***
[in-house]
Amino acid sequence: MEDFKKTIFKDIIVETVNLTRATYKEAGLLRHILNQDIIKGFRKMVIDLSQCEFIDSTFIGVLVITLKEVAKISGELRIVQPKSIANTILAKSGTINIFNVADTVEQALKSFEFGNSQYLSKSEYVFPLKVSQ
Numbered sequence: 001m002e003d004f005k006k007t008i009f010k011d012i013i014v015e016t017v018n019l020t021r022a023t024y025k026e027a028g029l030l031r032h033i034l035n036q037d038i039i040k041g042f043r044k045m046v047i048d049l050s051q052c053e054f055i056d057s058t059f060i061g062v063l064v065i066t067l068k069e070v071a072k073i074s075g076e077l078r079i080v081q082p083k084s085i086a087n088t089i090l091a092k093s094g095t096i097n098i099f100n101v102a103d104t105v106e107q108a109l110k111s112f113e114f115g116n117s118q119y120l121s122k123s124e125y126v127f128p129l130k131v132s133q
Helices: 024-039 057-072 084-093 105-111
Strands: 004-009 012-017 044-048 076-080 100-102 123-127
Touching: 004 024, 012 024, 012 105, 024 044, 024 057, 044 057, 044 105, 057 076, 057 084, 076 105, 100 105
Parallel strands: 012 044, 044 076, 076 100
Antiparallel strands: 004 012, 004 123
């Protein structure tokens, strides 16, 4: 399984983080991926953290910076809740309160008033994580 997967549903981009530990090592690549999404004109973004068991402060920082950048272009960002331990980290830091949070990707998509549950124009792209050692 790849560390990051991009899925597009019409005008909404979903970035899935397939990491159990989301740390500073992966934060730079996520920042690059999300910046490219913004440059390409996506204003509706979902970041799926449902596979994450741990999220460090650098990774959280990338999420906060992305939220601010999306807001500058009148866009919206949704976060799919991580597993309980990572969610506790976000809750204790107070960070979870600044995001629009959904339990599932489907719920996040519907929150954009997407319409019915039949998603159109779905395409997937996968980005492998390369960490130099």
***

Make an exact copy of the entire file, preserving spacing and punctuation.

[in-house]
Amino acid sequence: MEDFKKTIFKDIIVETVNLTRATYKEAGLLRHILNQDIIKGFRKMVIDLSQCEFIDSTFIGVLVITLKEVAKISGELRIVQPKSIANTILAKSGTINIFNVADTVEQALKSFEFGNSQYLSKSEYVFPLKVSQ
Numbered sequence: 001m002e003d004f005k006k007t008i009f010k011d012i013i014v015e016t017v018n019l020t021r022a023t024y025k026e027a028g029l030l031r032h033i034l035n036q037d038i039i040k041g042f043r044k045m046v047i048d049l050s051q052c053e054f055i056d057s058t059f060i061g062v063l064v065i066t067l068k069e070v071a072k073i074s075g076e077l078r079i080v081q082p083k084s085i086a087n088t089i090l091a092k093s094g095t096i097n098i099f100n101v102a103d104t105v106e107q108a109l110k111s112f113e114f115g116n117s118q119y120l121s122k123s124e125y126v127f128p129l130k131v132s133q
Helices: 024-039 057-072 084-093 105-111
Strands: 004-009 012-017 044-048 076-080 100-102 123-127
Touching: 004 024, 012 024, 012 105, 024 044, 024 057, 044 057, 044 105, 057 076, 057 084, 076 105, 100 105
Parallel strands: 012 044, 044 076, 076 100
Antiparallel strands: 004 012, 004 123
């Protein structure tokens, strides 16, 4: 399984983080991926953290910076809740309160008033994580 997967549903981009530990090592690549999404004109973004068991402060920082950048272009960002331990980290830091949070990707998509549950124009792209050692 790849560390990051991009899925597009019409005008909404979903970035899935397939990491159990989301740390500073992966934060730079996520920042690059999300910046490219913004440059390409996506204003509706979902970041799926449902596979994450741990999220460090650098990774959280990338999420906060992305939220601010999306807001500058009148866009919206949704976060799919991580597993309980990572969610506790976000809750204790107070960070979870600044995001629009959904339990599932489907719920996040519907929150954009997407319409019915039949998603159109779905395409997937996968980005492998390369960490130099």